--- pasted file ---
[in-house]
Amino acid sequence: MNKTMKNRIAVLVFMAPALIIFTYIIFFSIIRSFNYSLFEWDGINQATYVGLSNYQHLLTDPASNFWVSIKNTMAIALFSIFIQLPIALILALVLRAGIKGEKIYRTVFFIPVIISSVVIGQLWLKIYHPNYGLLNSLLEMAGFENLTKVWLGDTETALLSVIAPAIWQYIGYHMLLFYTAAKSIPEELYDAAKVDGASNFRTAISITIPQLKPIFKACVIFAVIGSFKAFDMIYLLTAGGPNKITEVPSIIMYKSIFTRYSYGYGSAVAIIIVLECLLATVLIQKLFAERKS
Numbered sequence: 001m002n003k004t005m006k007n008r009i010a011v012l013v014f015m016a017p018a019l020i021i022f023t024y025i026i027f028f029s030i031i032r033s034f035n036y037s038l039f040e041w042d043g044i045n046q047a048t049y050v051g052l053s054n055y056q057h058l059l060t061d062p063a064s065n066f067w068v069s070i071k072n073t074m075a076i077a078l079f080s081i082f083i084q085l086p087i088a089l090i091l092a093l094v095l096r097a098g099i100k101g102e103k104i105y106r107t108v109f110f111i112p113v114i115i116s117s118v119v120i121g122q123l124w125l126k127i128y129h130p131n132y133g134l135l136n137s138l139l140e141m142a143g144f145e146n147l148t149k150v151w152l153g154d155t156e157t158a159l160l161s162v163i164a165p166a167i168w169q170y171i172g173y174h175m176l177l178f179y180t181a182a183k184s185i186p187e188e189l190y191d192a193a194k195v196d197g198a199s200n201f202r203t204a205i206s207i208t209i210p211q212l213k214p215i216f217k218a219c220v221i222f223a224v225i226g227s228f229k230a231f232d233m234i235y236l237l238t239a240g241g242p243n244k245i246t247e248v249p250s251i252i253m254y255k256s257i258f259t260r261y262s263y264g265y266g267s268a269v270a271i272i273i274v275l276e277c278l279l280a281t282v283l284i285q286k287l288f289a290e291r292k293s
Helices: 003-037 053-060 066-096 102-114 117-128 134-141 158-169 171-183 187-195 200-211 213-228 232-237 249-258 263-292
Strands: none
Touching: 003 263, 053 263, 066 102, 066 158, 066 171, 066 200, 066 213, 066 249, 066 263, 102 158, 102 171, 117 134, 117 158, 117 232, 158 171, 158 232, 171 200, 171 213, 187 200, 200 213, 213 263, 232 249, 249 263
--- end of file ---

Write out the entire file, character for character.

[in-house]
Amino acid sequence: MNKTMKNRIAVLVFMAPALIIFTYIIFFSIIRSFNYSLFEWDGINQATYVGLSNYQHLLTDPASNFWVSIKNTMAIALFSIFIQLPIALILALVLRAGIKGEKIYRTVFFIPVIISSVVIGQLWLKIYHPNYGLLNSLLEMAGFENLTKVWLGDTETALLSVIAPAIWQYIGYHMLLFYTAAKSIPEELYDAAKVDGASNFRTAISITIPQLKPIFKACVIFAVIGSFKAFDMIYLLTAGGPNKITEVPSIIMYKSIFTRYSYGYGSAVAIIIVLECLLATVLIQKLFAERKS
Numbered sequence: 001m002n003k004t005m006k007n008r009i010a011v012l013v014f015m016a017p018a019l020i021i022f023t024y025i026i027f028f029s030i031i032r033s034f035n036y037s038l039f040e041w042d043g044i045n046q047a048t049y050v051g052l053s054n055y056q057h058l059l060t061d062p063a064s065n066f067w068v069s070i071k072n073t074m075a076i077a078l079f080s081i082f083i084q085l086p087i088a089l090i091l092a093l094v095l096r097a098g099i100k101g102e103k104i105y106r107t108v109f110f111i112p113v114i115i116s117s118v119v120i121g122q123l124w125l126k127i128y129h130p131n132y133g134l135l136n137s138l139l140e141m142a143g144f145e146n147l148t149k150v151w152l153g154d155t156e157t158a159l160l161s162v163i164a165p166a167i168w169q170y171i172g173y174h175m176l177l178f179y180t181a182a183k184s185i186p187e188e189l190y191d192a193a194k195v196d197g198a199s200n201f202r203t204a205i206s207i208t209i210p211q212l213k214p215i216f217k218a219c220v221i222f223a224v225i226g227s228f229k230a231f232d233m234i235y236l237l238t239a240g241g242p243n244k245i246t247e248v249p250s251i252i253m254y255k256s257i258f259t260r261y262s263y264g265y266g267s268a269v270a271i272i273i274v275l276e277c278l279l280a281t282v283l284i285q286k287l288f289a290e291r292k293s
Helices: 003-037 053-060 066-096 102-114 117-128 134-141 158-169 171-183 187-195 200-211 213-228 232-237 249-258 263-292
Strands: none
Touching: 003 263, 053 263, 066 102, 066 158, 066 171, 066 200, 066 213, 066 249, 066 263, 102 158, 102 171, 117 134, 117 158, 117 232, 158 171, 158 232, 171 200, 171 213, 187 200, 200 213, 213 263, 232 249, 249 263